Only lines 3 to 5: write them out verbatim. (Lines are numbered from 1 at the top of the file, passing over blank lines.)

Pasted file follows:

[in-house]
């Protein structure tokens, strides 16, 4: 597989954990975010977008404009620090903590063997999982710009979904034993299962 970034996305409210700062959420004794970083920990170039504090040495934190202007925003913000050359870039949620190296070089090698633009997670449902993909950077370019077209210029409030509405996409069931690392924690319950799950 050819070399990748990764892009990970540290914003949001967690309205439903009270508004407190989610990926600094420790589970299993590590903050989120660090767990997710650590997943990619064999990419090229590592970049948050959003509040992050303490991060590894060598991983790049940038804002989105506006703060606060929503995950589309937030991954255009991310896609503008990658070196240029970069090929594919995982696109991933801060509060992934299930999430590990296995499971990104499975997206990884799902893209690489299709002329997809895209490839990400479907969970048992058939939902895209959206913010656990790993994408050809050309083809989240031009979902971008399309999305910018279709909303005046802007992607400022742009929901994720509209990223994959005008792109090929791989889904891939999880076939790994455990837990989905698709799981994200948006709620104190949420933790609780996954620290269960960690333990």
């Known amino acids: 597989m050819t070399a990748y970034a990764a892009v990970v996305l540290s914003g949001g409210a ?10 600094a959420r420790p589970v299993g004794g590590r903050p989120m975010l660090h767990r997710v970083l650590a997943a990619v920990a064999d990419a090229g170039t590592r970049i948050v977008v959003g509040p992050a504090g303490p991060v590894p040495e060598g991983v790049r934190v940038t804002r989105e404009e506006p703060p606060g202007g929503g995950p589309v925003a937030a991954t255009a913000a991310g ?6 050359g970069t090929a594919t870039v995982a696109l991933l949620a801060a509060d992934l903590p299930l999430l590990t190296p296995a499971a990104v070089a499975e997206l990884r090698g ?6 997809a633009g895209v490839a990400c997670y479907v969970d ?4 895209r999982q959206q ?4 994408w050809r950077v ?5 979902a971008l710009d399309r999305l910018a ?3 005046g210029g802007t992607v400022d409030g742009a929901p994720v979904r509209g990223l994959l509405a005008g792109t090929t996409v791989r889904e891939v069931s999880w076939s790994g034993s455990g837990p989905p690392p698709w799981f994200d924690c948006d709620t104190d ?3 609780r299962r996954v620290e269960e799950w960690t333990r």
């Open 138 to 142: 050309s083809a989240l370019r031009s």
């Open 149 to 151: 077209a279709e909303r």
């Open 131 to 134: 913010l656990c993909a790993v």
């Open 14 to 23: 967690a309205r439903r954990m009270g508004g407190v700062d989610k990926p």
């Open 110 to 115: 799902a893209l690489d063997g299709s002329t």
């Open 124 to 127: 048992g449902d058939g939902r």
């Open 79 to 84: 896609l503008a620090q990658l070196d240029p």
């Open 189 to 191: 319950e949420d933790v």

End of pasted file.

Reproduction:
């Known amino acids: 597989m050819t070399a990748y970034a990764a892009v990970v996305l540290s914003g949001g409210a ?10 600094a959420r420790p589970v299993g004794g590590r903050p989120m975010l660090h767990r997710v970083l650590a997943a990619v920990a064999d990419a090229g170039t590592r970049i948050v977008v959003g509040p992050a504090g303490p991060v590894p040495e060598g991983v790049r934190v940038t804002r989105e404009e506006p703060p606060g202007g929503g995950p589309v925003a937030a991954t255009a913000a991310g ?6 050359g970069t090929a594919t870039v995982a696109l991933l949620a801060a509060d992934l903590p299930l999430l590990t190296p296995a499971a990104v070089a499975e997206l990884r090698g ?6 997809a633009g895209v490839a990400c997670y479907v969970d ?4 895209r999982q959206q ?4 994408w050809r950077v ?5 979902a971008l710009d399309r999305l910018a ?3 005046g210029g802007t992607v400022d409030g742009a929901p994720v979904r509209g990223l994959l509405a005008g792109t090929t996409v791989r889904e891939v069931s999880w076939s790994g034993s455990g837990p989905p690392p698709w799981f994200d924690c948006d709620t104190d ?3 609780r299962r996954v620290e269960e799950w960690t333990r």
């Open 138 to 142: 050309s083809a989240l370019r031009s």
């Open 149 to 151: 077209a279709e909303r």